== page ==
From Helen Waddell’s The Desert Fathers – in Fragments From the Paradisus of Palladius (pg 256-7):
A certain Apollonius, that had been a merchant and renounced the world, came to live on Mount Nitria: and since he could learn no art, hindered as he was by weight of years, nor could practice the abstinence laid down in Holy Write, he laid down a rule of continence for himself. For out of his own purse and labour he bought every kind of remedy and food-stuffs in Alexandria, and provided the brethren that were ailing with whatever they needed. You might see him from early morning till the ninth hour traversing up and down through all the monasteries, whether of men or women, in and out of door after door where there were any sick, carrying with him raisins, and pomegranates, and eggs, and fine wheaten flour, especially necessary for the ailing. To such a life for which alone he was adapted, did this servant of Christ devote his old age.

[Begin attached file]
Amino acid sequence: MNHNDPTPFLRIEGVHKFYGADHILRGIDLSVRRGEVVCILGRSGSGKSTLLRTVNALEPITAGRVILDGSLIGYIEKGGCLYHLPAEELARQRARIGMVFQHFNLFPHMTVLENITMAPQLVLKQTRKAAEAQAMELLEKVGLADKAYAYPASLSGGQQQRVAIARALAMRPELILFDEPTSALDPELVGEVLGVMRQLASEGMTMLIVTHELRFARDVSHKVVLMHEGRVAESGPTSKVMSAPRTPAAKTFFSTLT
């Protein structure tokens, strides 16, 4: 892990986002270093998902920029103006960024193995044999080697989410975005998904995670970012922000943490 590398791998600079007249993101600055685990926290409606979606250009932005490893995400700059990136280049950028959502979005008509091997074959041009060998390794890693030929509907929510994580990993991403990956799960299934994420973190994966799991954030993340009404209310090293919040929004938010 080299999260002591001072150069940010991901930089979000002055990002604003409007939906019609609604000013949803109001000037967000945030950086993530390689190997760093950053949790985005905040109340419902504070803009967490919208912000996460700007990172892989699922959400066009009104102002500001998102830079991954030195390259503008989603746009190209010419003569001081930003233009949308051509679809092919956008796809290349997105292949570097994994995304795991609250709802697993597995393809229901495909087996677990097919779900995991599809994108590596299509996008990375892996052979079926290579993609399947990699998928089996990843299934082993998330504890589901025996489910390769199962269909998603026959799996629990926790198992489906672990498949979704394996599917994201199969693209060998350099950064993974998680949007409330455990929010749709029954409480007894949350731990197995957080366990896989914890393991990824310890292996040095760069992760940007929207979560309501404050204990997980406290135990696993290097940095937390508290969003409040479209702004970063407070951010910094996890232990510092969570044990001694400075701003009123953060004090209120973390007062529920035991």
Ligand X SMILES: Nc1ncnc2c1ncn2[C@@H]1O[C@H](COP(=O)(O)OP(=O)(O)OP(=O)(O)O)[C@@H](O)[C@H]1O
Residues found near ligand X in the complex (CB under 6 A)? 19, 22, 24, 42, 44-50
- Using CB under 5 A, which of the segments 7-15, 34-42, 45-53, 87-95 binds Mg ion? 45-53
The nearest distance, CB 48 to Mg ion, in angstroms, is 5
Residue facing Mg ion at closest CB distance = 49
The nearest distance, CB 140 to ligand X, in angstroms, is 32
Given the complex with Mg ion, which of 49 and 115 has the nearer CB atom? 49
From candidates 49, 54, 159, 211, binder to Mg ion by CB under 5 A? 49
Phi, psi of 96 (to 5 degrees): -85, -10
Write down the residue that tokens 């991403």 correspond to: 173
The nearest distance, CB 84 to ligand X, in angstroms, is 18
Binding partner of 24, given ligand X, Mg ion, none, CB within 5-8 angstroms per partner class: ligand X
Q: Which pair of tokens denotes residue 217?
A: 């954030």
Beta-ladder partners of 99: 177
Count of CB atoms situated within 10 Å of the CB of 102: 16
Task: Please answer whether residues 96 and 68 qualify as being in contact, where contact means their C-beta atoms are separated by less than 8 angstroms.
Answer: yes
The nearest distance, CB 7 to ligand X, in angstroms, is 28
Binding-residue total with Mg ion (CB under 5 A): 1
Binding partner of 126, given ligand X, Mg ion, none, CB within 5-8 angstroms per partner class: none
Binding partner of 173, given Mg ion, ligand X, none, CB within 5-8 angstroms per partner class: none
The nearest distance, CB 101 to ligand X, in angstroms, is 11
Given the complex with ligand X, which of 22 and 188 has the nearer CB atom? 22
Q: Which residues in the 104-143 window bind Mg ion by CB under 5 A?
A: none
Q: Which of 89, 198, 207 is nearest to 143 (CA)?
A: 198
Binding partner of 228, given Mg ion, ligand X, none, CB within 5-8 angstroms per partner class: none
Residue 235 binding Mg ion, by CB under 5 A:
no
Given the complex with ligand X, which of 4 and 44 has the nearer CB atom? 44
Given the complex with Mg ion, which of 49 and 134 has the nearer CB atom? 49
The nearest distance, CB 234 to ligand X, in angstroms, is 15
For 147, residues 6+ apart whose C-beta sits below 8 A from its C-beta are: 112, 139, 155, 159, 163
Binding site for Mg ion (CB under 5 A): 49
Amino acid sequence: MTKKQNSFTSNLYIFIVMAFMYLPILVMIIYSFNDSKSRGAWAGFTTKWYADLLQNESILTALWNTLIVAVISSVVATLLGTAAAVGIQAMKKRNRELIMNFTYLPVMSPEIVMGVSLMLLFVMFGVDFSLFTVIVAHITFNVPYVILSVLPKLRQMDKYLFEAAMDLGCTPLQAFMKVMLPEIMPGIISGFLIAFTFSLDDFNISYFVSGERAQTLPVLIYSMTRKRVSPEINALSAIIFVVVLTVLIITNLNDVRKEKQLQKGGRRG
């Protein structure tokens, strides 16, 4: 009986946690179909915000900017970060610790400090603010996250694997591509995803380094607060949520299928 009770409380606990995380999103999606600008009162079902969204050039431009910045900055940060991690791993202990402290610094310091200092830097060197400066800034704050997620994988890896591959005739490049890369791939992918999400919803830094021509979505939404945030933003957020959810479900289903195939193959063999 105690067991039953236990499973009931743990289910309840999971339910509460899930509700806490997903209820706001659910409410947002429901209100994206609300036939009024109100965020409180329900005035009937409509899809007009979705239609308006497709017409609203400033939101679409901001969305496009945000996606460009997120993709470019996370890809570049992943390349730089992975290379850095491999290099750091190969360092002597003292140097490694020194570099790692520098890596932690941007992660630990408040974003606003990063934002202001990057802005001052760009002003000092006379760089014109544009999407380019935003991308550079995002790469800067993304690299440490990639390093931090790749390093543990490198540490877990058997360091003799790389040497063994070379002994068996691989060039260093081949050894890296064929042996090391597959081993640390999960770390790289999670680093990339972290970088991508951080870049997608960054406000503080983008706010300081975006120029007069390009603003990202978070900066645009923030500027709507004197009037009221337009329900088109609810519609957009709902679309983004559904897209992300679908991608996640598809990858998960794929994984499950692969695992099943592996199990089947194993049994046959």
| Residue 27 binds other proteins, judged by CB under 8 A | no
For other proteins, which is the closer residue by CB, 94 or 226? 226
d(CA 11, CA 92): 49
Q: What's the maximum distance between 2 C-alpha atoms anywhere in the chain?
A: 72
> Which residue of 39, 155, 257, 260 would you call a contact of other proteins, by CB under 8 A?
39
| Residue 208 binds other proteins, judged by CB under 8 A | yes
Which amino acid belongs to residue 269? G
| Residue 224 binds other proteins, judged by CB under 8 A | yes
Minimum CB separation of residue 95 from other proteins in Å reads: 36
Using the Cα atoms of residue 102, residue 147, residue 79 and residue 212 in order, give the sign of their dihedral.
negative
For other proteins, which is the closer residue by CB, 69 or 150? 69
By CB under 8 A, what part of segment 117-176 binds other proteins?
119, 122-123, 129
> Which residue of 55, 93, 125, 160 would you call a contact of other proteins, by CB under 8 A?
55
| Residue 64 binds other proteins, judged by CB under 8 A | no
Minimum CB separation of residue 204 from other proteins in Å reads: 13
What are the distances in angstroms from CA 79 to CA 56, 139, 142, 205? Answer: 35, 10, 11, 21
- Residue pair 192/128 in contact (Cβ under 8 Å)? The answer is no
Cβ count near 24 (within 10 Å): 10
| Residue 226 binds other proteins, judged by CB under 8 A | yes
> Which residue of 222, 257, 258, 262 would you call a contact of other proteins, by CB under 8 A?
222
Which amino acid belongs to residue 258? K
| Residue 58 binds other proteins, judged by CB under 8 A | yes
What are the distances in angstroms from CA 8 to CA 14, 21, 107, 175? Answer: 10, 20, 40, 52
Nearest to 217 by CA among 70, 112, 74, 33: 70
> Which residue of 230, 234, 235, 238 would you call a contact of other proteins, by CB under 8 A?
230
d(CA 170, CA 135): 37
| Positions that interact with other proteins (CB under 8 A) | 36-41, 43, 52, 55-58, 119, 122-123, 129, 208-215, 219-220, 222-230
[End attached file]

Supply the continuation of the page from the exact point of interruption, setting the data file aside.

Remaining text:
To which can be compared Bhagavad Gita 3.35
Better is one’s own dharma, though imperfectly performed, than the dharma of another well performed. Better is death in the doing of one’s own dharma: the dharma of another is fraught with peril.